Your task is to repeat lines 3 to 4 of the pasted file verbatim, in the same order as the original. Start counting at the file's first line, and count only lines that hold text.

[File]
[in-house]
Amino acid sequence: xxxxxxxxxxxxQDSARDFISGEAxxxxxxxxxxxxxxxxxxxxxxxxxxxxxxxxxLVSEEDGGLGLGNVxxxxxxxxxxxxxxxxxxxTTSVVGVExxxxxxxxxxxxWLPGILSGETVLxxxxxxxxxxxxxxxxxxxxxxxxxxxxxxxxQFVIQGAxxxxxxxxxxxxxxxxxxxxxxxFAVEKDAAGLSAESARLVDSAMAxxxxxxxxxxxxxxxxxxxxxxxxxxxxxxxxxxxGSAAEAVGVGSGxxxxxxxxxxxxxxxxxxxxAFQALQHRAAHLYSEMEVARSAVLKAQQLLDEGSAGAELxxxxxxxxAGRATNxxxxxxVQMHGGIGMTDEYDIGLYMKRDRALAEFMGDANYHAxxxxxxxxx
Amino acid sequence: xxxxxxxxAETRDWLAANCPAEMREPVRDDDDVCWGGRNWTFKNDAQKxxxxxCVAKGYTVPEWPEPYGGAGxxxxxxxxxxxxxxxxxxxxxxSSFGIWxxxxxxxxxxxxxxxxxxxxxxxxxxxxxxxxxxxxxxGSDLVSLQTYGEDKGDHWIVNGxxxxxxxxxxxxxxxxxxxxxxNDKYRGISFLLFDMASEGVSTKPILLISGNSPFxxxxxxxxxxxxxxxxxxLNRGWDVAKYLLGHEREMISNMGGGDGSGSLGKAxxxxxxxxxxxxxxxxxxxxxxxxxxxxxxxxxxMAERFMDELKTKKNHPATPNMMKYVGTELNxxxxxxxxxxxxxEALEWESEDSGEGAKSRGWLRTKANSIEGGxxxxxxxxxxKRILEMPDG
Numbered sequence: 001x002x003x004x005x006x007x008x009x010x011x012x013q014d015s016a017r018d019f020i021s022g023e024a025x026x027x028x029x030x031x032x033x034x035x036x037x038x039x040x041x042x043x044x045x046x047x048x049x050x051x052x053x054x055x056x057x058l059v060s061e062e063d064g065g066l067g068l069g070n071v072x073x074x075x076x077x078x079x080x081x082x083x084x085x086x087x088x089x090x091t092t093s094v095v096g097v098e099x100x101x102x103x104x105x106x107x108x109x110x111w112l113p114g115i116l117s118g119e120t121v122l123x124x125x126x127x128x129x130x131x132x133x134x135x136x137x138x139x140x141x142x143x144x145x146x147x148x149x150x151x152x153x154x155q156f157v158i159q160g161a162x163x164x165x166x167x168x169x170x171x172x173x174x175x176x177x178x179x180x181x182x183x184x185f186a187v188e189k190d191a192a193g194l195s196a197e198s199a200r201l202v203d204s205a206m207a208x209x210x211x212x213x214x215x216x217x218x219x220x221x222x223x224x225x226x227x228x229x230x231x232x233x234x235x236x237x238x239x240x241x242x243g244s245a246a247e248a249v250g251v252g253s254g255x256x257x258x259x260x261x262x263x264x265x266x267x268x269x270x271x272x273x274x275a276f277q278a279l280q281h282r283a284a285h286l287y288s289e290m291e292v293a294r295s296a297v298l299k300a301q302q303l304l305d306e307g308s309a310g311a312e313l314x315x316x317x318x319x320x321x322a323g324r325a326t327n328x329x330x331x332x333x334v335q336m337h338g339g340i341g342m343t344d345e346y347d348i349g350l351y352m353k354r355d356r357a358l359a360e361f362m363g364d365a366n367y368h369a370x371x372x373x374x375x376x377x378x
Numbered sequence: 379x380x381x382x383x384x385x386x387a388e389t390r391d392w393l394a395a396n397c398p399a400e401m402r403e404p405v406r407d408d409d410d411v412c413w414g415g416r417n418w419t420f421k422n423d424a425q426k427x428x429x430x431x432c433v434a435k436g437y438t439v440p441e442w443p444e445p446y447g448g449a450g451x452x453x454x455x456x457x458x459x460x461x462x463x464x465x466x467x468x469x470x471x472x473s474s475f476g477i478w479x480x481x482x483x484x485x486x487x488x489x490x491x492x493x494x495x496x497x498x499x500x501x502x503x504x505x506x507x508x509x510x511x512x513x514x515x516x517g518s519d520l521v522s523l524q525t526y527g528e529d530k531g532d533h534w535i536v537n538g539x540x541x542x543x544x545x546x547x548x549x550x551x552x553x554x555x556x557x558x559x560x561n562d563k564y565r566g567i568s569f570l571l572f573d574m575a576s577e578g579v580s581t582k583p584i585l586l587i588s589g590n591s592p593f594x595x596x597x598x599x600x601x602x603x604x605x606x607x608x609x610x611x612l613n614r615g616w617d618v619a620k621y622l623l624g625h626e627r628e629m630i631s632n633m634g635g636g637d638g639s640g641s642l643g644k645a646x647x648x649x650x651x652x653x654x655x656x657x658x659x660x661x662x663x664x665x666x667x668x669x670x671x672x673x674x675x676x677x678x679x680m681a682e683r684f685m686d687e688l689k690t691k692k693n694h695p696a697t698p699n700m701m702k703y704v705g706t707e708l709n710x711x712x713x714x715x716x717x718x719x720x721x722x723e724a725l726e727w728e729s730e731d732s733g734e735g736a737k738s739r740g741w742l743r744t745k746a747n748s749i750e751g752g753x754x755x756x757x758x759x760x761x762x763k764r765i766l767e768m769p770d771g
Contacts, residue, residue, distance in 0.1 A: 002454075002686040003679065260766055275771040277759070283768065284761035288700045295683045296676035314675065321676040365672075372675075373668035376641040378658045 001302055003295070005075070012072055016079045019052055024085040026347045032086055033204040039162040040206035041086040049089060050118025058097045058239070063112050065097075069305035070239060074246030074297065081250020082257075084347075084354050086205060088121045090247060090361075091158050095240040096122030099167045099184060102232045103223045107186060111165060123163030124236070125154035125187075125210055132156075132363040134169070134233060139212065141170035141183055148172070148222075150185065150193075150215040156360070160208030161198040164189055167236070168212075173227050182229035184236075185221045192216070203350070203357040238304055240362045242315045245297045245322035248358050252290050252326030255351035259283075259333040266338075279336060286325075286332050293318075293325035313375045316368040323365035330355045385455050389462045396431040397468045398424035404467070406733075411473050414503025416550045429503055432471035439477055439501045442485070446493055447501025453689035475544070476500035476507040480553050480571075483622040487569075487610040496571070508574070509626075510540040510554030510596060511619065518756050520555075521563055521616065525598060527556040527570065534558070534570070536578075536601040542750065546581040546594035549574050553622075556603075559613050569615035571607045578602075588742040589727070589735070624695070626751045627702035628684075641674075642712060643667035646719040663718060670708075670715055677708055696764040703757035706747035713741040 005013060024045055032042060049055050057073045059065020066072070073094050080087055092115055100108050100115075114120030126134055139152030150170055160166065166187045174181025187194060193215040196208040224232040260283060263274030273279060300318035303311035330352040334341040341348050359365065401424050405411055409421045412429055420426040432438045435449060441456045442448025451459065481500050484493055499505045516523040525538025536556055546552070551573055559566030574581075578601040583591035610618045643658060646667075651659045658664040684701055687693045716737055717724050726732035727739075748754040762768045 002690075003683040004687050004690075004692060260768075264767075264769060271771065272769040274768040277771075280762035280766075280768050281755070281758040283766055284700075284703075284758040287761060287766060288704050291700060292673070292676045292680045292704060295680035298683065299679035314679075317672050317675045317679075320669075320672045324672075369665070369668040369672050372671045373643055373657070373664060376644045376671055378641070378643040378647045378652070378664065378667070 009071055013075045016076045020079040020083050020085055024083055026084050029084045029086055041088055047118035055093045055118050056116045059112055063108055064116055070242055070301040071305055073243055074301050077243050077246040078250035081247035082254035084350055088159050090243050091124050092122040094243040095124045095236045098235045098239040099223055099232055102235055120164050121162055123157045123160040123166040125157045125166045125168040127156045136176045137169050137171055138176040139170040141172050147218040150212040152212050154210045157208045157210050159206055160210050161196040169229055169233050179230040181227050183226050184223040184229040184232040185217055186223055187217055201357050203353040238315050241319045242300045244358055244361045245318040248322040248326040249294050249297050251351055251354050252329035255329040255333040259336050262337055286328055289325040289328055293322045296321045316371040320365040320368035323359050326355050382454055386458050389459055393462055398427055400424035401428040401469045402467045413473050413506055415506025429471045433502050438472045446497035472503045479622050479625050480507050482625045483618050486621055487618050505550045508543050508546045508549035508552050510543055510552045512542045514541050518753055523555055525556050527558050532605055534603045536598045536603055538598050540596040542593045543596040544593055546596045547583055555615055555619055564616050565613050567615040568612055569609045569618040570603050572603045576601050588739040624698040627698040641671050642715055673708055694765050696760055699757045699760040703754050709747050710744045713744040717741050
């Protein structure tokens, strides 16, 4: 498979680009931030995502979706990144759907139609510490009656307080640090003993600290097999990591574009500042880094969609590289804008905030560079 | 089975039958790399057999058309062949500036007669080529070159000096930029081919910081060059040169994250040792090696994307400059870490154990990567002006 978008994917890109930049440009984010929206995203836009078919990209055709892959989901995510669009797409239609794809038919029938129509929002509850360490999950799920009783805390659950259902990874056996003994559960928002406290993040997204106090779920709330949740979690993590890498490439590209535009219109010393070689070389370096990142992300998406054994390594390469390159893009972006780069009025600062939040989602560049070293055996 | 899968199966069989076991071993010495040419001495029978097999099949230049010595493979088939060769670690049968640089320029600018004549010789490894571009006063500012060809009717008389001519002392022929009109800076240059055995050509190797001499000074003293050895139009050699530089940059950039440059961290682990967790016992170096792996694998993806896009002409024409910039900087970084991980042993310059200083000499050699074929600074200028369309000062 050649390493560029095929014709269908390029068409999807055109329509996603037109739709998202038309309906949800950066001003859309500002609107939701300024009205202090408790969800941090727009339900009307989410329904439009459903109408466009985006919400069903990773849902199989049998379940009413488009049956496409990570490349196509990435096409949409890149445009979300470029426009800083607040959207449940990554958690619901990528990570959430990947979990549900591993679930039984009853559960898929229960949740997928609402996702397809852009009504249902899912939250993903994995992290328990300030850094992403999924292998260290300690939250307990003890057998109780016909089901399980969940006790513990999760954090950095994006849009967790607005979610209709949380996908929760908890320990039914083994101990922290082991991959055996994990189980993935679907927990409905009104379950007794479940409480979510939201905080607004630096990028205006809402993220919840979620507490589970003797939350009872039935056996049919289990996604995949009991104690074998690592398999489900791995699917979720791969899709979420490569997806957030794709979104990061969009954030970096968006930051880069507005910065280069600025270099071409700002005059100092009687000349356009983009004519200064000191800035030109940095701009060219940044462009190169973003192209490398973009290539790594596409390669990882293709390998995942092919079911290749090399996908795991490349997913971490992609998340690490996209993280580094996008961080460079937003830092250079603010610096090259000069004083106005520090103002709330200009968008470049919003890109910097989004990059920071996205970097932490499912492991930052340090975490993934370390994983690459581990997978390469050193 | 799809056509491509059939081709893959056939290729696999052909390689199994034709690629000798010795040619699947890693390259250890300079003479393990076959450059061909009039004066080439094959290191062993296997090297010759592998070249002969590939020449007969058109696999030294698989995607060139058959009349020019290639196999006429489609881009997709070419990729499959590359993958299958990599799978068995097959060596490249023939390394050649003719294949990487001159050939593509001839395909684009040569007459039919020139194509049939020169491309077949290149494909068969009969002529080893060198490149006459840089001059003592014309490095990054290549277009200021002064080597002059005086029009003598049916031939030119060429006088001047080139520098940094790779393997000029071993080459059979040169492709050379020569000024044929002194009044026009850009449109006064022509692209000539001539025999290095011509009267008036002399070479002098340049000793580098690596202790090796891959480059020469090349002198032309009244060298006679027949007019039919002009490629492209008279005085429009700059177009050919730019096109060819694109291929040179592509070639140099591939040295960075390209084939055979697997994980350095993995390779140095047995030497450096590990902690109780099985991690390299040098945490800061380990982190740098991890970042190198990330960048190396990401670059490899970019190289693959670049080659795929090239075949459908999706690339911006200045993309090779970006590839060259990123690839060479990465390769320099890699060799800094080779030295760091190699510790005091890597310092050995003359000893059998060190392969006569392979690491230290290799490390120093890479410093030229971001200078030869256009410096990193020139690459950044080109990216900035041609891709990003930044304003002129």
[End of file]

Amino acid sequence: xxxxxxxxAETRDWLAANCPAEMREPVRDDDDVCWGGRNWTFKNDAQKxxxxxCVAKGYTVPEWPEPYGGAGxxxxxxxxxxxxxxxxxxxxxxSSFGIWxxxxxxxxxxxxxxxxxxxxxxxxxxxxxxxxxxxxxxGSDLVSLQTYGEDKGDHWIVNGxxxxxxxxxxxxxxxxxxxxxxNDKYRGISFLLFDMASEGVSTKPILLISGNSPFxxxxxxxxxxxxxxxxxxLNRGWDVAKYLLGHEREMISNMGGGDGSGSLGKAxxxxxxxxxxxxxxxxxxxxxxxxxxxxxxxxxxMAERFMDELKTKKNHPATPNMMKYVGTELNxxxxxxxxxxxxxEALEWESEDSGEGAKSRGWLRTKANSIEGGxxxxxxxxxxKRILEMPDG
Numbered sequence: 001x002x003x004x005x006x007x008x009x010x011x012x013q014d015s016a017r018d019f020i021s022g023e024a025x026x027x028x029x030x031x032x033x034x035x036x037x038x039x040x041x042x043x044x045x046x047x048x049x050x051x052x053x054x055x056x057x058l059v060s061e062e063d064g065g066l067g068l069g070n071v072x073x074x075x076x077x078x079x080x081x082x083x084x085x086x087x088x089x090x091t092t093s094v095v096g097v098e099x100x101x102x103x104x105x106x107x108x109x110x111w112l113p114g115i116l117s118g119e120t121v122l123x124x125x126x127x128x129x130x131x132x133x134x135x136x137x138x139x140x141x142x143x144x145x146x147x148x149x150x151x152x153x154x155q156f157v158i159q160g161a162x163x164x165x166x167x168x169x170x171x172x173x174x175x176x177x178x179x180x181x182x183x184x185f186a187v188e189k190d191a192a193g194l195s196a197e198s199a200r201l202v203d204s205a206m207a208x209x210x211x212x213x214x215x216x217x218x219x220x221x222x223x224x225x226x227x228x229x230x231x232x233x234x235x236x237x238x239x240x241x242x243g244s245a246a247e248a249v250g251v252g253s254g255x256x257x258x259x260x261x262x263x264x265x266x267x268x269x270x271x272x273x274x275a276f277q278a279l280q281h282r283a284a285h286l287y288s289e290m291e292v293a294r295s296a297v298l299k300a301q302q303l304l305d306e307g308s309a310g311a312e313l314x315x316x317x318x319x320x321x322a323g324r325a326t327n328x329x330x331x332x333x334v335q336m337h338g339g340i341g342m343t344d345e346y347d348i349g350l351y352m353k354r355d356r357a358l359a360e361f362m363g364d365a366n367y368h369a370x371x372x373x374x375x376x377x378x